Say goodbye to pesky wires. Researchers at the University of Washington have recently come up with a way to use existing WiFi systems to charge your gadgets – as far as nine metres away!
Called Power over WiFi, or PoWiFi, the system makes use of already-existing routers by harvesting their radio frequency power and converting it into DC power.
In one experiment, a camera connected to a super capacitor was able to take a photo every 35 minutes thanks to a router located 17 feet away. Other devices included in their tests included temperature sensors, rechargeable batteries, and a small fitness tracker.
What’s even cooler is that using its charging capabilities won’t affect your internet connection at all. Companies like Energous are planning to launch a similar product later this year, but the caveat is that it doesn’t work with existing hardware and you’d also lose data in the process.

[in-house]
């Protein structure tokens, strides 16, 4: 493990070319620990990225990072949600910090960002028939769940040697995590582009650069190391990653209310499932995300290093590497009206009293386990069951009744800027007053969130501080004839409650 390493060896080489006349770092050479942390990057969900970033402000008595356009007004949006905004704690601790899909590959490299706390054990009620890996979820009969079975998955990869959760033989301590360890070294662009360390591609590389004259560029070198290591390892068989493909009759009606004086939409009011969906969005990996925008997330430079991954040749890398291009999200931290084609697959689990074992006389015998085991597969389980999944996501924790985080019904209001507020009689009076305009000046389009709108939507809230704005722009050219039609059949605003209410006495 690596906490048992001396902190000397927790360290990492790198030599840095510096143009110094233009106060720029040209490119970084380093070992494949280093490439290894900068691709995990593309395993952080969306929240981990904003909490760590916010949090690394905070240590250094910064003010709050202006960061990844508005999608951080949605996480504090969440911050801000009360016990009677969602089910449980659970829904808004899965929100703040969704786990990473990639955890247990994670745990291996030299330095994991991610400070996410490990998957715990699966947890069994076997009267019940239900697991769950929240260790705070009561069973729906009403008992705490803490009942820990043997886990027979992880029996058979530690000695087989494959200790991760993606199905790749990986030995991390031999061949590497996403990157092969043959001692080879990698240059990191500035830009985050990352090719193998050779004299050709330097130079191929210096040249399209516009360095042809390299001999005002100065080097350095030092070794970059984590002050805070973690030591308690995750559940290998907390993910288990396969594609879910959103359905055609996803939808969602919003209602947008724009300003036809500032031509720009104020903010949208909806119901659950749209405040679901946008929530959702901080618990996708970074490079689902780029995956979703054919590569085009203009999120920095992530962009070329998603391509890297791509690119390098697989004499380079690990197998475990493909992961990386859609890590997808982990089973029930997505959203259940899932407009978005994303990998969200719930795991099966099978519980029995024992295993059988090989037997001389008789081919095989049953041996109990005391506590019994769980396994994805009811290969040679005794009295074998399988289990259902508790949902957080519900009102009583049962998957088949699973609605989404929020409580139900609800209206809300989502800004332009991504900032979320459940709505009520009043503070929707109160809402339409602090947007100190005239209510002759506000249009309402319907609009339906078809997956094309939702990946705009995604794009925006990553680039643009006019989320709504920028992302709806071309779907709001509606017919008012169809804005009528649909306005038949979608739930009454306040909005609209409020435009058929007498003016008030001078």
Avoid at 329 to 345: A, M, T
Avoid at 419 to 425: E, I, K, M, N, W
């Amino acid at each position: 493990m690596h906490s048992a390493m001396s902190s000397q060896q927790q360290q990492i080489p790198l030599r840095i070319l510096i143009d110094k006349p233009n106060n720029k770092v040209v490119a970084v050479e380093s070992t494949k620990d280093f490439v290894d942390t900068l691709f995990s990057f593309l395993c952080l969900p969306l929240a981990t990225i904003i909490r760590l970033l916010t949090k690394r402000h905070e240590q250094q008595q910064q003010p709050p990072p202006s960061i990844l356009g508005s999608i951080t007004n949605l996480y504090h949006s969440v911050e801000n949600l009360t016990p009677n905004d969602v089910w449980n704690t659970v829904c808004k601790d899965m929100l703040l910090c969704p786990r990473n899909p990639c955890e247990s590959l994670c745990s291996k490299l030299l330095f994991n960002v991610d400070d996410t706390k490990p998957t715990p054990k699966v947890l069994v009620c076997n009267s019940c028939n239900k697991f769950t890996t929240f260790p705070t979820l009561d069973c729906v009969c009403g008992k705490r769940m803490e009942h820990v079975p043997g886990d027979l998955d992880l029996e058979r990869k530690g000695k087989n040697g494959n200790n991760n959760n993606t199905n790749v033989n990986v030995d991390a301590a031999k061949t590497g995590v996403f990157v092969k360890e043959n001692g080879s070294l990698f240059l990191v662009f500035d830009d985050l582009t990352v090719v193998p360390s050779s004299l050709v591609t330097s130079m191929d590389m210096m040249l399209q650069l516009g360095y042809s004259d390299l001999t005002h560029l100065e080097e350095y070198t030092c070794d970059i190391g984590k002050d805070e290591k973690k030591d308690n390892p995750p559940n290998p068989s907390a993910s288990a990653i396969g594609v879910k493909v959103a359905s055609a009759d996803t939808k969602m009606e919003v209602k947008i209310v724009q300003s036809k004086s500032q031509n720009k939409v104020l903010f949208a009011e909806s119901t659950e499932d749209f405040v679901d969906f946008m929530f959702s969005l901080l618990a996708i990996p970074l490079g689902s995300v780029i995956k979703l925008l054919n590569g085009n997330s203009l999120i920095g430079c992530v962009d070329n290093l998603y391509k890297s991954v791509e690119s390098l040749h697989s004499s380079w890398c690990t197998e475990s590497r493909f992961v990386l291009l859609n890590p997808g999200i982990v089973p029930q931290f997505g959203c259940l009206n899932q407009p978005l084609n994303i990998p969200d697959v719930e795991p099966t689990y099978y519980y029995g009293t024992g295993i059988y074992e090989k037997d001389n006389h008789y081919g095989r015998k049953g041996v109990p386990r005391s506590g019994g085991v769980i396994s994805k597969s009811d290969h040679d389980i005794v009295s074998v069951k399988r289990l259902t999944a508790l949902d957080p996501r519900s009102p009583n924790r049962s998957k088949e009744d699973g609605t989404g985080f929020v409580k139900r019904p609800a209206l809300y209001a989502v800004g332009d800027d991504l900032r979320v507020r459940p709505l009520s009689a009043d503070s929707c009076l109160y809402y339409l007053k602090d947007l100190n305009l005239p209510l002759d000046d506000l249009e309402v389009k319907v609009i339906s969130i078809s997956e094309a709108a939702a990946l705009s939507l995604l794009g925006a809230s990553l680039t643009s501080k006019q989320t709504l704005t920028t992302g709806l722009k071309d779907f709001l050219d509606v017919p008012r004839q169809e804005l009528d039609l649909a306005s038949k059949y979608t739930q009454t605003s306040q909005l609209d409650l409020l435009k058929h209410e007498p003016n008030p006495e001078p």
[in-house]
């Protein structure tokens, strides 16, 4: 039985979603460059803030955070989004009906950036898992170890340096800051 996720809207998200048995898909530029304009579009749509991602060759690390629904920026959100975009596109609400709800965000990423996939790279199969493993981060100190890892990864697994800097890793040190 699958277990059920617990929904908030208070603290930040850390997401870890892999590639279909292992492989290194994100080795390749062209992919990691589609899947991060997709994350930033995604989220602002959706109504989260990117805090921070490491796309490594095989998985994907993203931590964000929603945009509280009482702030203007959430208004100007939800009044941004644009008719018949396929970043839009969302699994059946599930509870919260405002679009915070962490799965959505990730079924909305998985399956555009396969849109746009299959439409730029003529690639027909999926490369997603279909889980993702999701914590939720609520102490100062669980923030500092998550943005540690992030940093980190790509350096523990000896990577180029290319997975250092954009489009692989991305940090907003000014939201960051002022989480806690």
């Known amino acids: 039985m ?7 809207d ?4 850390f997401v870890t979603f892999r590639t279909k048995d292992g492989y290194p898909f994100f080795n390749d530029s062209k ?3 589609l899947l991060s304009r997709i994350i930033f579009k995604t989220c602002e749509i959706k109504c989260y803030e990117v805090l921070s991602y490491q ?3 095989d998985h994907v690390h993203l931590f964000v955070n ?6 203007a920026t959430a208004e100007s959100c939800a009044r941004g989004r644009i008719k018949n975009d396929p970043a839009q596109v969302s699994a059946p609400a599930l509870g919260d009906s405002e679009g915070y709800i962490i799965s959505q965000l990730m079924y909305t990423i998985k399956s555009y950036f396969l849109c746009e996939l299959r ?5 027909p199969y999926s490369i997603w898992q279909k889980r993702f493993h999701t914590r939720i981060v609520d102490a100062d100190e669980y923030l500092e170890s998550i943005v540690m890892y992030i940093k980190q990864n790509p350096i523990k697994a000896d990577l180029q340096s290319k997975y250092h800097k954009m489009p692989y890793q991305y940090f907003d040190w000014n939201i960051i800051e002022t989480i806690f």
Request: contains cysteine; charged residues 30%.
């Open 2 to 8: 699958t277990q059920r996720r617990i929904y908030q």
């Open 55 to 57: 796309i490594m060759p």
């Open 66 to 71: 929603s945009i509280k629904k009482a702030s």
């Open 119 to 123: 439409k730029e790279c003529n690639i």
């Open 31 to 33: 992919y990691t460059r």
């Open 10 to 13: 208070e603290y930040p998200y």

To prove that PoWiFi won’t give you connection problems, the researchers installed their routers in six Seattle homes and asked the residents to go online. Four of six respondents said they saw no difference, while one claimed their internet improved.
The UW team has already formed a startup that would improve the system’s kinks, such as its minuscule one-watt power output (a smartphone charger has a five-watt output). They hope that by the time the product hits the market, it could power more than low energy devices.
“The work we’ve published, you could think of it as the first proof of concept,” said Vamsi Talla, a researcher in the project. “But it’s by no means the optimal solution. We’re actively working to make it better.”